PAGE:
With the rise of the reformist European avant-garde came a shift in focus and in the course of the early 20th century the Academie started offering study programmes in subjects such as architecture, graphic design, photography or advertising, while the most obvious break with the past came through the replacement in the late 1930s of the Academy’s previous neoclassicist home with a new linear, quadratic, rationally structuralist building by Plantenga, Buijs & Lürsen, a building the KABK still calls home.
Post-war the Academie began offering a degree in Industrial Design, according to the Academie as the first in the Netherlands to do such, thus, more or less, completing the education programme as it exits today, before in 1957, and in honour of the institutes 275th anniversary it became the Koninklijke Academie, the Royal Academy. In 1989 the KABK merged with the Technical College for Photography and Photonics, and in 1990 with the Royal Conservatoire to form an institution formally known since 2010 as the University of the Arts The Hague, but one in which the Conservatoire and KABK maintain their autonomy.
Today the KABK offers a wide range of undergraduate and postgraduate courses across creative disciplines, including Fine Arts, Graphic Design, Textile & Fashion, Art Science, Photography, Industrial Design and Interior Architecture & Furniture Design.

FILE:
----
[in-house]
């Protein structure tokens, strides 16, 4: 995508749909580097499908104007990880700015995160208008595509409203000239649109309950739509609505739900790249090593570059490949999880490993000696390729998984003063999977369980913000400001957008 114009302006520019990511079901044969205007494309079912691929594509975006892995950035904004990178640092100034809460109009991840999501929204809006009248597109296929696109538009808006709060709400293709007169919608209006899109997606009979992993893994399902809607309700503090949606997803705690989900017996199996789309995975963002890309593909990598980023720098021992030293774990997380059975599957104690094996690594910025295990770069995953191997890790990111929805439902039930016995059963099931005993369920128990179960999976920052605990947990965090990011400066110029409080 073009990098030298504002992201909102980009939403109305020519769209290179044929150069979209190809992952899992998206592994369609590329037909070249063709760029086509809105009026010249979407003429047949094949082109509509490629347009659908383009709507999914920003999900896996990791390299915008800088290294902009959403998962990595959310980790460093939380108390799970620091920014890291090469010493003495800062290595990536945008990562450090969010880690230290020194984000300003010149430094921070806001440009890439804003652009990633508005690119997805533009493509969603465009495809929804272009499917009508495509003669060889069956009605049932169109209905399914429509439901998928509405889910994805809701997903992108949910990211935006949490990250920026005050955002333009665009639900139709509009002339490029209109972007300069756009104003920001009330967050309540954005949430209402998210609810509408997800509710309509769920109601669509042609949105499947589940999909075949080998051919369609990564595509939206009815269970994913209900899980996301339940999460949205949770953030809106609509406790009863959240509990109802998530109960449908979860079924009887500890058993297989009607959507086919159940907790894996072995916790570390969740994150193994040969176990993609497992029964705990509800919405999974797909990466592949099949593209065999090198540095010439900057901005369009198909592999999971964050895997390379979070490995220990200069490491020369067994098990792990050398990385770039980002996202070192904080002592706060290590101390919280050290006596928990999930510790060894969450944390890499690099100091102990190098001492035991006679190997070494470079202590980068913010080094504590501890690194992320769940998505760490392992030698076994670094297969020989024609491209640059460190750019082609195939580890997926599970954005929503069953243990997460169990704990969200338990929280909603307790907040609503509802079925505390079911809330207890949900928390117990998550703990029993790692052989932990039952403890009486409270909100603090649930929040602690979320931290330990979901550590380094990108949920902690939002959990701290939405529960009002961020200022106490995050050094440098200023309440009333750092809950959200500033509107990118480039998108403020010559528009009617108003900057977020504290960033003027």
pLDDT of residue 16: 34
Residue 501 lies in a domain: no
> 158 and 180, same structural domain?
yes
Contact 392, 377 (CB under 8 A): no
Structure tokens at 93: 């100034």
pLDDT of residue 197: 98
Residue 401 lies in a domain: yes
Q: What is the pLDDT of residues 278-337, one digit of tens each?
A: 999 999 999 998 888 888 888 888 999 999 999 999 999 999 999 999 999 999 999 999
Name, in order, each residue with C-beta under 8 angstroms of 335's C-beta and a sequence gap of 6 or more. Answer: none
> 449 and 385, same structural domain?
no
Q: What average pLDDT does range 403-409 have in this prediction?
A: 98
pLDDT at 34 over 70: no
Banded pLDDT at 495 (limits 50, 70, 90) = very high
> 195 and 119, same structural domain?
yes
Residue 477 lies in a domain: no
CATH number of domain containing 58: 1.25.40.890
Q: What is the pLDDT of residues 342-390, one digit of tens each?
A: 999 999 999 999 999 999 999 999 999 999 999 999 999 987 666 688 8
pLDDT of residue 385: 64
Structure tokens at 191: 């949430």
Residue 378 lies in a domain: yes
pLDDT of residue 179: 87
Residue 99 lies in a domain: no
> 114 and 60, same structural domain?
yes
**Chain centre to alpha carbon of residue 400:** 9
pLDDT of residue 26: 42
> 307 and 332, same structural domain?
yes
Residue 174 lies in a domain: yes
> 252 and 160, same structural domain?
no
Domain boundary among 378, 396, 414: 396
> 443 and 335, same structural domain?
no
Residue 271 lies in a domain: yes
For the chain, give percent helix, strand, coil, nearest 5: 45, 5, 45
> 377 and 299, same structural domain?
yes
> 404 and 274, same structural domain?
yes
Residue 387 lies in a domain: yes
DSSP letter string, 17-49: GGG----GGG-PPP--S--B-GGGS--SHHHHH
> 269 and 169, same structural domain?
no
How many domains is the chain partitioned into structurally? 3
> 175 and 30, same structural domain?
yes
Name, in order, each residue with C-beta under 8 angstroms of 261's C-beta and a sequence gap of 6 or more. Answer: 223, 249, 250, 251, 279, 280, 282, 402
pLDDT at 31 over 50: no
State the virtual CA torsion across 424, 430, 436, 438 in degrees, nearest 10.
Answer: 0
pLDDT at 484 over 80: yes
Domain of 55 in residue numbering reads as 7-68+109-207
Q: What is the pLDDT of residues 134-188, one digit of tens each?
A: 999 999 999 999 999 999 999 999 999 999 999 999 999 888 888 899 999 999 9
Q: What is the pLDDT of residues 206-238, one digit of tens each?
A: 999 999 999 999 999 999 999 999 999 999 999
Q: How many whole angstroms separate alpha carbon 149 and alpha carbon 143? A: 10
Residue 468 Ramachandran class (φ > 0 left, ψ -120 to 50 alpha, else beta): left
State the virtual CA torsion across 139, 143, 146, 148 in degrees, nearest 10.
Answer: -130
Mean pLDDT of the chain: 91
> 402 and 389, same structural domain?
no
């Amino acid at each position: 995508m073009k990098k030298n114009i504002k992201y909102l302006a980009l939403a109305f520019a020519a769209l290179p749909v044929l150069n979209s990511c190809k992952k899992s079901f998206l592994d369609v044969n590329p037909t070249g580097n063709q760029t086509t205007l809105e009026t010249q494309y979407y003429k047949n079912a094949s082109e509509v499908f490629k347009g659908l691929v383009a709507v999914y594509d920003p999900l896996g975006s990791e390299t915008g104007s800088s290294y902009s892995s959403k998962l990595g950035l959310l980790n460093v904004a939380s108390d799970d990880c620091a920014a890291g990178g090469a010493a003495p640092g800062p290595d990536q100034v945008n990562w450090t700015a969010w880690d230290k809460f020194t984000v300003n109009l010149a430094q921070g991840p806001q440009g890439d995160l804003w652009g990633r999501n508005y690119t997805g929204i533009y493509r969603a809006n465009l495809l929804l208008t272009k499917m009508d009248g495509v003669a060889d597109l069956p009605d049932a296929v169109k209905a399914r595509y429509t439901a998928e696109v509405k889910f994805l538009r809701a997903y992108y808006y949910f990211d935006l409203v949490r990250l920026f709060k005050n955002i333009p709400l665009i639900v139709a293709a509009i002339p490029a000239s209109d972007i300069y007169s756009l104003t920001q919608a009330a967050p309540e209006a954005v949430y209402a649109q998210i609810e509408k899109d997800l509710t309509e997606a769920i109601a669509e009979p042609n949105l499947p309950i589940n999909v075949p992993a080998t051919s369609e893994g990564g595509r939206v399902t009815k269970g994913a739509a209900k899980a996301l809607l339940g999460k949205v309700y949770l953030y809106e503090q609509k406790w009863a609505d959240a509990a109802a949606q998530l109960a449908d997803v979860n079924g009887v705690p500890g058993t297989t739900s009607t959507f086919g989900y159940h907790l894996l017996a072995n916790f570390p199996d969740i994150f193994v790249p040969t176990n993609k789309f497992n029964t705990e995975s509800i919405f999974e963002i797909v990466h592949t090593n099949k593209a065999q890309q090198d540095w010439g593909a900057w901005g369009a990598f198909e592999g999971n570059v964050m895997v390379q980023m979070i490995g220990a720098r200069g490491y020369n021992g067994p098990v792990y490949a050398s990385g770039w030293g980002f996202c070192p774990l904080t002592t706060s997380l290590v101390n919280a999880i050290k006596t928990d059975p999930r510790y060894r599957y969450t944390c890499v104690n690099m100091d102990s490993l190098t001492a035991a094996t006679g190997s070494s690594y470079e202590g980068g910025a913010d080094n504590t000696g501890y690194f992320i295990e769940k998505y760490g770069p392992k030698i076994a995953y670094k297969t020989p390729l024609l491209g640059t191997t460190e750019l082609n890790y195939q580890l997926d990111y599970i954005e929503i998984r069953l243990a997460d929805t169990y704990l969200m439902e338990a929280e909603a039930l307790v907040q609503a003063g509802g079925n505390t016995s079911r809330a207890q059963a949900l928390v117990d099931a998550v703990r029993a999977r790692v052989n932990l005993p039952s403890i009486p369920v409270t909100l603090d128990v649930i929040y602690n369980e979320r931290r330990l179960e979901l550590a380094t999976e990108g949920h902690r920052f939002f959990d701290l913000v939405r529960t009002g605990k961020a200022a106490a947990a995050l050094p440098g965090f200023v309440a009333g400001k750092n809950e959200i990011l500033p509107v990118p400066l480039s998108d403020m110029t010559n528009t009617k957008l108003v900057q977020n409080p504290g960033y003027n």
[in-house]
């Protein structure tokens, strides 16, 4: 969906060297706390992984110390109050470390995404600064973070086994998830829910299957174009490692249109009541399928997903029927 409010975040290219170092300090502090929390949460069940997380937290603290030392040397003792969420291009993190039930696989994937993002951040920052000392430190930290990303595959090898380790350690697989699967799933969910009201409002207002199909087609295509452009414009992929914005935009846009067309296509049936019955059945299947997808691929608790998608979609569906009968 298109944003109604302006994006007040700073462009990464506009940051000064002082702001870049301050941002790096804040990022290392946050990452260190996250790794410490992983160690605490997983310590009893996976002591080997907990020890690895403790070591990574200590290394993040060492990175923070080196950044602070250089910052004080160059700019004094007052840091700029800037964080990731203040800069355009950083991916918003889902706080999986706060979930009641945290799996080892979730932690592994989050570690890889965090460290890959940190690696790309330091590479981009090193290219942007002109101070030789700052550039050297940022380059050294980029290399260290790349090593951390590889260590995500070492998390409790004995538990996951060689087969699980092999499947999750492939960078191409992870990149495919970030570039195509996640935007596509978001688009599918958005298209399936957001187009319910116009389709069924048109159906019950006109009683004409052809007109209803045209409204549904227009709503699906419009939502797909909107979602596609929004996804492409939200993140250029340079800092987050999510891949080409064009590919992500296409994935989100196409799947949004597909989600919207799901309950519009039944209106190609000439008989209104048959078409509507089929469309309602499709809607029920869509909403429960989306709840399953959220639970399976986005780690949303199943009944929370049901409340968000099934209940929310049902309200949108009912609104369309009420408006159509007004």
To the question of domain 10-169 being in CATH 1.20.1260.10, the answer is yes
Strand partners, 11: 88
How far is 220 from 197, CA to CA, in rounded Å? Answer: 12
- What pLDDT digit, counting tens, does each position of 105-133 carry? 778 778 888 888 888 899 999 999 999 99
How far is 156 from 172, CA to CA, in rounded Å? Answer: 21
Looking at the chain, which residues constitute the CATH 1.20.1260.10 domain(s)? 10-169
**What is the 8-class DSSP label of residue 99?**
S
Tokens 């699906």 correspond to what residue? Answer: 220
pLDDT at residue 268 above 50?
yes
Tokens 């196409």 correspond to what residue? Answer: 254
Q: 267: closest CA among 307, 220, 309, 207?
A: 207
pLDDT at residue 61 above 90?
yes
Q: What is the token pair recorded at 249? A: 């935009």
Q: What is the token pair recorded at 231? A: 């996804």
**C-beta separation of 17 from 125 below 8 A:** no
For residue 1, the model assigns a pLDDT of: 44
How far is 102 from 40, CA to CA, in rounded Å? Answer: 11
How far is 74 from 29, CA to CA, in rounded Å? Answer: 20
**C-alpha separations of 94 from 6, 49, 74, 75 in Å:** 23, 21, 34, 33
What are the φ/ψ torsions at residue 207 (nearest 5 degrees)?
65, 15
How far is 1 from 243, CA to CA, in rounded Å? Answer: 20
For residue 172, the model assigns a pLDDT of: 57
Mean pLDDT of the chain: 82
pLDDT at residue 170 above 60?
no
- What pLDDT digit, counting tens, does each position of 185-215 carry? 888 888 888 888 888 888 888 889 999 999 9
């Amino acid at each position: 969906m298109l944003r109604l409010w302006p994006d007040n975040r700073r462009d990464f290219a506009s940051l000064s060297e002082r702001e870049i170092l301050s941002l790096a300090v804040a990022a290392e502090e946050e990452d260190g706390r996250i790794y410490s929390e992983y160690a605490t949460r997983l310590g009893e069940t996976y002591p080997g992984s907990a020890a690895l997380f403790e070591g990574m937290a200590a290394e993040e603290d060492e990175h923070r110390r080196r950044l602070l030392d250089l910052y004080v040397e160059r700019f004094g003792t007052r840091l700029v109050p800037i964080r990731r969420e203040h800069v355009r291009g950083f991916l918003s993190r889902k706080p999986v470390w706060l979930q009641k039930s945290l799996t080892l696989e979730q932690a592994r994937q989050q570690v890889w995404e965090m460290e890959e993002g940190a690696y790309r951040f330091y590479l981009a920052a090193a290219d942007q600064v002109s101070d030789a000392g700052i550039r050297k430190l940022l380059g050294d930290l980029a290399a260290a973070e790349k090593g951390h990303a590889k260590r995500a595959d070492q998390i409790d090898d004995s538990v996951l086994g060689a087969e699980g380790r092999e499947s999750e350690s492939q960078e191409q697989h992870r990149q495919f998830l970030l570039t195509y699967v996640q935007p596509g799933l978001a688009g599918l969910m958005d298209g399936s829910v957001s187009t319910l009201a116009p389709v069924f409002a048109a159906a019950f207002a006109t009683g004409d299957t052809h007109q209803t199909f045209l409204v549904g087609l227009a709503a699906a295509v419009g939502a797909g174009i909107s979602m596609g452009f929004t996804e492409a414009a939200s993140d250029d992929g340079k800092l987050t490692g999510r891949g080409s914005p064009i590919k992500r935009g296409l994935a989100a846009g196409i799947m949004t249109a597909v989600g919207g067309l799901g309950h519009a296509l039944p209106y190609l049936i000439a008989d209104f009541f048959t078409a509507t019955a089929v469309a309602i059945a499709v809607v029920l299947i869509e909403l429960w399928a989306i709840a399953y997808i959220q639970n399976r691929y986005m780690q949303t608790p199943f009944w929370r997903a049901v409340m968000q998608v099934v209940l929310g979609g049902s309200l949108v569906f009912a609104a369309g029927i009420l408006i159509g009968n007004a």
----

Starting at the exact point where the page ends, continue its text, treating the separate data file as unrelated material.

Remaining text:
Presenting graduation projects from across the school’s programmes, one of the (surprising) highlights, for us, of the 2018 Koninklijke Academie van Beeldende Kunsten Graduation Festival was the Graphic Design projects.
The second time, thus far, on our 2018 #campustour we’ve become (surprisingly) engrossed in Graphic Design projects and, and as with the Edinburgh School of Art, the reason for the projects so positively catching our attention was the way the students (seemingly) ignored established graphic design conventions and focussed on the theme, rather than using the theme as a conduit to demonstrate their graphics skills. Among a wide variety of projects with which we spent a great deal of time were Manufacturing Habits by Rebecca Rui which explored how tech-companies manipulate our online activity and thereby the role of interface design in helping facilitate that, or Windows Without a View in which Rudi van Delden considered a future where you can “reclaim the missing third of your life” i.e that when you’re asleep, and explored “the bedroom as the new office cubicle, a place where people inexhaustibly complete HITs” HITs, apparently, being Amazon-speak for “Human Intelligence Task” a.k.a that which a human can do but a computer, as yet, cannot. And which sounds like becoming a term of derision in the near future.
With Augmented Colonization Sean Valies, posed the (very near) future question “can our augmented space be colonised by corporations and governments through the use of packaging” and which thus initiated a discourse on how future augmented reality space could/will be (mis)used by governments and corporations to push their manifestos; that it represented a (very near) future reality being neatly underscored by Asya Sukhorukova who appropriated the moniker “Engineers of the soul” Stalin used to describe socialist realist artists as the basis for an analysis and exploration of how Russian state television news served as propaganda portals for Vladimir Putin ahead of the recent Russian presidential elections.